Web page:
Buck up, Toronto. This is all treat and no trick.
The city has proclaimed Oct. 31 — Halloween — as John Candy Day in Toronto, celebrating what would have been the Uncle Buck star’s 70th birthday.
“John Candy is a Canadian treasure who brought great joy to so many through his humour, acting and contributions to the entertainment industry and beyond,” Mayor John Tory said in a statement Friday.
“I had a chance to get to know him when he was an Argo owner. He was a decent humble man in the fashion of many famous Canadians and it is my privilege to honor his humour, his legacy and the pride he brought to our city on what would have been his 70th birthday.”
Candy was born Oct. 31, 1950 in Newmarket, according to imdb.com. But he lived in East York as a child and attended Neil McNeil Catholic High School in Scarborough where the John Candy Visual Arts Studio is now dedicated in his honour.
He died at 43 of a heart attack on March 4, 1994 while filming Wagons East, a Western parody, in Durango, Mexico.
He was also co-owner of the Toronto Argonauts from 1991 until his death. The Argos won the 1991 Grey Cup while he was part owner.
“Wherever you go in the world, you just have to say you’re Canadian and people laugh,” Candy once said.
His contributions to the Canadian entertainment industry have made him one of Canada’s greatest and funniest character actors with a career spanning more than two decades.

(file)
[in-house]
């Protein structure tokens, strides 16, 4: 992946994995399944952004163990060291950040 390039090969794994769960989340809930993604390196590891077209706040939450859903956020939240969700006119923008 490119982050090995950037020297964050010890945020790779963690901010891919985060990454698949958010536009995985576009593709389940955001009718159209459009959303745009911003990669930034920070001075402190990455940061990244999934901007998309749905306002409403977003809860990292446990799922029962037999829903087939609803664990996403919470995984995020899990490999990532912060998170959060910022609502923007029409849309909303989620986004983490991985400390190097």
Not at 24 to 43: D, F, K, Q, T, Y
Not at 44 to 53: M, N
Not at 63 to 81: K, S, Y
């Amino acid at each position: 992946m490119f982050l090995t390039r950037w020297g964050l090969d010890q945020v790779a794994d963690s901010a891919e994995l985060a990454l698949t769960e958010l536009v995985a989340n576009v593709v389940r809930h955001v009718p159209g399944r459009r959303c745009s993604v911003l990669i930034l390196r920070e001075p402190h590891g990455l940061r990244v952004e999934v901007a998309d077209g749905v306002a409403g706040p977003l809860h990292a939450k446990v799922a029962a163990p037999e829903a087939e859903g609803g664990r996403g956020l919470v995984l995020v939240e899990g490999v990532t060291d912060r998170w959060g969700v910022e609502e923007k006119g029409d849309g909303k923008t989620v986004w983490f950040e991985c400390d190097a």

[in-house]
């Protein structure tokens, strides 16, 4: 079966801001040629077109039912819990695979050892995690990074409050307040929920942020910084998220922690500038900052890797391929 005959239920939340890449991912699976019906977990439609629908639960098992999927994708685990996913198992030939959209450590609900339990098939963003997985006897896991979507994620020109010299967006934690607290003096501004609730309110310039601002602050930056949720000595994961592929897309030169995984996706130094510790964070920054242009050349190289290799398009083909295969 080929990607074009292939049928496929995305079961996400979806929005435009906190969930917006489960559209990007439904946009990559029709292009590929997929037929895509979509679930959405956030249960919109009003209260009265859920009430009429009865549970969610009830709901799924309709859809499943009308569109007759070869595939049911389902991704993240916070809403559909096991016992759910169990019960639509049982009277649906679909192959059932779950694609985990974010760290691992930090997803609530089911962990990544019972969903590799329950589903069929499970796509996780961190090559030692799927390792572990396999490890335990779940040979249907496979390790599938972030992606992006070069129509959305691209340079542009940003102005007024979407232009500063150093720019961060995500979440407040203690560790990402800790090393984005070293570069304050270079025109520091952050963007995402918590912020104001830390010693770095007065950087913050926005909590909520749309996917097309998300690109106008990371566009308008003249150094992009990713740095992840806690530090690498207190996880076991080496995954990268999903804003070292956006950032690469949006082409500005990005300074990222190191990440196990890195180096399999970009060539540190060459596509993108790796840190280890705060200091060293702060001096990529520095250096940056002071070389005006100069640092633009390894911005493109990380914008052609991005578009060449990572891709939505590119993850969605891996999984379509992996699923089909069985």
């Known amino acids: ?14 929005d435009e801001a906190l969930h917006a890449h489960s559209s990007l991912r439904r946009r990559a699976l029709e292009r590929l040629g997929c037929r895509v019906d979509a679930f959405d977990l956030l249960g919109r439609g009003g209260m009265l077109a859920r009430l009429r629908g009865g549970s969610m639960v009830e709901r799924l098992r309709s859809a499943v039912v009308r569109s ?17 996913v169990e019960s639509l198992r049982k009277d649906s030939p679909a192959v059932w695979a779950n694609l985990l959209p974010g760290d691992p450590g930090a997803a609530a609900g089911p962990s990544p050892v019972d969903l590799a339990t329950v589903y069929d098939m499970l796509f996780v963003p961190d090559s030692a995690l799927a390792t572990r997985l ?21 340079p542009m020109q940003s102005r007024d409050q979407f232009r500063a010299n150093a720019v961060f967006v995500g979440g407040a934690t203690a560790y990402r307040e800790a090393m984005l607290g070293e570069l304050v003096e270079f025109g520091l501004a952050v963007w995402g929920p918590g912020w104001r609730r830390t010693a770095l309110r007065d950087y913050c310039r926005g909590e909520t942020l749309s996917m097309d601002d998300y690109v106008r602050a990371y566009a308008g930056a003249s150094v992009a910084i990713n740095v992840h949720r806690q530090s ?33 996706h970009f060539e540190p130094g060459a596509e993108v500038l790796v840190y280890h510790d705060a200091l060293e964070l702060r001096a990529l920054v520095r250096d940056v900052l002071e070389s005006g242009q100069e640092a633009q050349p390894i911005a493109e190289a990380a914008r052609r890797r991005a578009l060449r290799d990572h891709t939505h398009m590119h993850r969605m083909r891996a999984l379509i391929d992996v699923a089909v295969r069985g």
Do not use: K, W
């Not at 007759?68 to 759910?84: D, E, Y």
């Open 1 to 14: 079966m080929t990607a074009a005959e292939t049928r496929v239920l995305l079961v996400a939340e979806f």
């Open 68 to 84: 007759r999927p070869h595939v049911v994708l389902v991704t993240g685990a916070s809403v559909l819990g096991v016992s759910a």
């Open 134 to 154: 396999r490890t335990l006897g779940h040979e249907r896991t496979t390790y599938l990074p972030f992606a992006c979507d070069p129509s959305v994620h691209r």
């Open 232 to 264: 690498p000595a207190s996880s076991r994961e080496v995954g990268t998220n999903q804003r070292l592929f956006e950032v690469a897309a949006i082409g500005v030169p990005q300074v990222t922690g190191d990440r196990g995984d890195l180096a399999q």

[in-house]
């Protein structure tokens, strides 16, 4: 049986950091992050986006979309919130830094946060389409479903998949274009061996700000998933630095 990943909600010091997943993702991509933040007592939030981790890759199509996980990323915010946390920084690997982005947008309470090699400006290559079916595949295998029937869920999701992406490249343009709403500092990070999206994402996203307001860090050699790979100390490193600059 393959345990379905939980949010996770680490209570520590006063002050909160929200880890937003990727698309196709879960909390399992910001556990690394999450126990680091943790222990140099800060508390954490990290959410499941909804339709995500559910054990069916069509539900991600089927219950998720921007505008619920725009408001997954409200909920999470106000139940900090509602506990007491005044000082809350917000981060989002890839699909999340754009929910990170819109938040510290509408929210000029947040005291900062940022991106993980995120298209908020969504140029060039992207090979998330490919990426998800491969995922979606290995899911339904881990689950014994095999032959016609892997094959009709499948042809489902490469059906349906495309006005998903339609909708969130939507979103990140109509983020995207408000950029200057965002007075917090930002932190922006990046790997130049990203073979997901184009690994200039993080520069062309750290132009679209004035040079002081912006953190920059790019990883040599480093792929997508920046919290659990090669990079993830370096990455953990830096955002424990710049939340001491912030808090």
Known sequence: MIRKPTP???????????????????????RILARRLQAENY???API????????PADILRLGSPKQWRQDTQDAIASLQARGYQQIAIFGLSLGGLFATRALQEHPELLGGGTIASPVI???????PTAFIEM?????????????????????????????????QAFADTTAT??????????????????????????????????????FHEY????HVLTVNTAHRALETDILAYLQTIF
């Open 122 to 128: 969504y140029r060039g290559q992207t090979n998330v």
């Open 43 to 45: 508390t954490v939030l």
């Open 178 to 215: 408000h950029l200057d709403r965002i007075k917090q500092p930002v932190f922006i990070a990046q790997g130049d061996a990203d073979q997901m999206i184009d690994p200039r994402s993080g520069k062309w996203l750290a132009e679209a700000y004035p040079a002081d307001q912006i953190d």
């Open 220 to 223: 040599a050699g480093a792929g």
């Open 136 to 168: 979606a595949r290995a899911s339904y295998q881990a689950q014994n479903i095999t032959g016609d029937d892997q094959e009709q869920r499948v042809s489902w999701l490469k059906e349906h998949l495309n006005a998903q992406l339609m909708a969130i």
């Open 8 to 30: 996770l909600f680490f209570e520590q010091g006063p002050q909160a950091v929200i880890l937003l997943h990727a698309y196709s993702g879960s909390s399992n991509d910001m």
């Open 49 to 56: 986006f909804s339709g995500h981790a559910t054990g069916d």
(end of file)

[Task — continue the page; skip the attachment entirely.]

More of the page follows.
He rose to fame as a member of Toronto’s Second City sketch troupe and then as a cast member of the Toronto-based television series SCTV alongside comedy legends Andrea Martin, Catherine O’Hara, Eugene Levy, Martin Short, Dave Thomas and Harold Ramis.
When he hit it big in Hollywood, he played charming and memorable characters in classic movies such as The Great Outdoors; Planes, Trains and Automobiles; Uncle Buck; Home Alone; Cool Runnings; and Canadian Bacon.
“John Candy would have turned 70 (Saturday). His sudden death was felt deeply in Toronto and around the world,” reads a statement released by the city. “His legacy lives on through his family, his iconic performances, and his many accolades, including his induction into Canada’s Walk of Fame and the East York Hall of Fame.”